Common Core foes look to make stand at Florida Board of Education meeting
Florida's participation in the Common Core faces a key test on Tuesday, and opponents of the national movement plan to be there -- in large numbers, if they can.
Florida Parents Against Common Core has sent missives to like-minded organizations, asking for a presence when the Florida Board of Education votes on a handful of proposed amendments to the standards. The recommendations primarily focus on adding cursive handwriting and calculus to the existing expectations. Many observers have called the changes "tweaks," and noted that Florida appears on track to maintain the Common Core despite attempts to rebrand it as "Florida standards."
"We would like a large contingent both inside and outside," FPACC co-founder Stacie Clarke wrote in her request letter. "Please contact every group you know in Florida and ask them to attend since this is a statewide meeting. If you have media contacts, please let them know about this meeting. Of course that means we need a huge number of attendees so it looks formidable on TV."
The group also plans a press conference just before the board's meeting begins in Orlando. The point, as explained in a news alert, is to make clear their dissatisfaction with the recommended amendments: "The changes being proposed by the Florida Department of Education fall short of the changes that need to be made regarding the Common Core Standards."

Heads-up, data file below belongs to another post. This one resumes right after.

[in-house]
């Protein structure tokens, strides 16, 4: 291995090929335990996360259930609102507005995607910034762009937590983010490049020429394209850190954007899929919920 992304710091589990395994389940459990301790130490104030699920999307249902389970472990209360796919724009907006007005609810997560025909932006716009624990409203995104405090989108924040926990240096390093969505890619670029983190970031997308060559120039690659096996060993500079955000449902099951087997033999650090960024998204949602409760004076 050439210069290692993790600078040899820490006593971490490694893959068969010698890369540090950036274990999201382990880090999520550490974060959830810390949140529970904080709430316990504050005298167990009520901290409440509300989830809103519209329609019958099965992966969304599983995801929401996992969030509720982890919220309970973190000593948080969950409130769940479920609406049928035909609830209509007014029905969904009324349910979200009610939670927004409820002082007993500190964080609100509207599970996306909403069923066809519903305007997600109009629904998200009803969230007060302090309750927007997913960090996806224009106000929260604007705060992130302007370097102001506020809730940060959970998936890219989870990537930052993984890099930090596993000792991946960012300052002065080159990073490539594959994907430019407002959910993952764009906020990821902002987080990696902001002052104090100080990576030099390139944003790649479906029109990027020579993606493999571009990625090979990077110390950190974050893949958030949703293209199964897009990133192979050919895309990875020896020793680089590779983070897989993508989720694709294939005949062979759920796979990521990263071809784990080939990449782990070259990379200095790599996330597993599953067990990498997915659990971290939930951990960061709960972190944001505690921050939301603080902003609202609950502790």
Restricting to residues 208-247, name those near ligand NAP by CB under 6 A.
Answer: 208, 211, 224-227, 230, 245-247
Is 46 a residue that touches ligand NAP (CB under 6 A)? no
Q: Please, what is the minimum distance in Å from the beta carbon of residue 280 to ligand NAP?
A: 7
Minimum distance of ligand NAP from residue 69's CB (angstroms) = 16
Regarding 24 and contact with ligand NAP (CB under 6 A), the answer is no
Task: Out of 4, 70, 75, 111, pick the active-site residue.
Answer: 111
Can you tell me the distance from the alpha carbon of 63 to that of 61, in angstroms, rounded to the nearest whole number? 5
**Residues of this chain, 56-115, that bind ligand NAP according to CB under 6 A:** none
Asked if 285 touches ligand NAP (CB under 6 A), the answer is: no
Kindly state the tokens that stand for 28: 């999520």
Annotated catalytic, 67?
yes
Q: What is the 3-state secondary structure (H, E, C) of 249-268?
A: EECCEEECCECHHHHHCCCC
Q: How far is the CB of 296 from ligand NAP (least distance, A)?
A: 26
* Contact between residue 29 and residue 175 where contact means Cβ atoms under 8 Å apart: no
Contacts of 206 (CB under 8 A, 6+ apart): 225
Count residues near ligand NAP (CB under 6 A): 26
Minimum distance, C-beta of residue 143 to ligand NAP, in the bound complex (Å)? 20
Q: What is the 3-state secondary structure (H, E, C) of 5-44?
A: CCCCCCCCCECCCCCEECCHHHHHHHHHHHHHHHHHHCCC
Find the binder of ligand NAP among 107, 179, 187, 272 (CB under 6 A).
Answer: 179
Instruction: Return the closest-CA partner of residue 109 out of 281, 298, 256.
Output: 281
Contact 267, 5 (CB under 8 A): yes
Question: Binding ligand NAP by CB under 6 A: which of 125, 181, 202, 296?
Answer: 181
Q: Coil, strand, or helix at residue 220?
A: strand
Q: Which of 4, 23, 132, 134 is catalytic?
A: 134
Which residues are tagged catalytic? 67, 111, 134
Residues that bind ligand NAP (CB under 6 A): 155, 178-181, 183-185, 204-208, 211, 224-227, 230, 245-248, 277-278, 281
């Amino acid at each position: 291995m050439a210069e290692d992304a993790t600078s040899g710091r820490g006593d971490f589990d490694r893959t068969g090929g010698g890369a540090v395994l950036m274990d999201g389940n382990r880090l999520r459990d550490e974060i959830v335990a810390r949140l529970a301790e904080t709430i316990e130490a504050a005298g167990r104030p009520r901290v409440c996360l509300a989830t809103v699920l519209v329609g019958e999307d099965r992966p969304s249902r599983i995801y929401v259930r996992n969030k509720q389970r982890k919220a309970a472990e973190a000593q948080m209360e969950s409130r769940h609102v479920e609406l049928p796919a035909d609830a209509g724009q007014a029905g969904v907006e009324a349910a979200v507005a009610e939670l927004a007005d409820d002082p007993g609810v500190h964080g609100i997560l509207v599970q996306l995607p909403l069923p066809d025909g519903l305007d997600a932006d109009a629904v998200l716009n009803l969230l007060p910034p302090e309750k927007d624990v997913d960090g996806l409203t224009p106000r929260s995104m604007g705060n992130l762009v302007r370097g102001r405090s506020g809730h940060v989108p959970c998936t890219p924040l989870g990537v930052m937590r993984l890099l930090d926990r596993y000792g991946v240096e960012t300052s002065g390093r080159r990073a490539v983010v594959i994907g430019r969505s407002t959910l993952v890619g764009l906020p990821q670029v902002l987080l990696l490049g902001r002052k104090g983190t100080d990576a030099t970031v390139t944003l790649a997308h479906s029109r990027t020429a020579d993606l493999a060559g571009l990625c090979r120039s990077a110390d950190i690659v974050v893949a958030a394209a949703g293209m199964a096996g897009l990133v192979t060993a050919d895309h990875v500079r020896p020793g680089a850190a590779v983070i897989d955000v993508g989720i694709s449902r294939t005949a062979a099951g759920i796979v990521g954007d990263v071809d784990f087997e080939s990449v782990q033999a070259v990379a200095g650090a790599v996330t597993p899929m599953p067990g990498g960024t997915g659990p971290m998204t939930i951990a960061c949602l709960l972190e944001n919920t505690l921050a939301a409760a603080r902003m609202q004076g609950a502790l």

Florida is not the only state facing significant pushback against the standards. Indiana lawmakers have begun moving legislation to take the state out of the initiative, while New York officials recently postponed implementation by five more years and Louisiana lawmakers are considering options to stave off the opposition.
In Florida, the Legislature has taken steps to protect student data (one common concern) and to ensure local control of curriculum (which they don't want confused with the standards). One bill even seeks to remove the words "common core" from statute. But the only legislation that aims to end Florida's participation in Common Core has yet to be scheduled for a single hearing in the House, and it lacks a Senate companion.
Many key lawmakers have stated that the standards debate is just about past, and the important next steps will focus on test selection and school accountability. Stay tuned.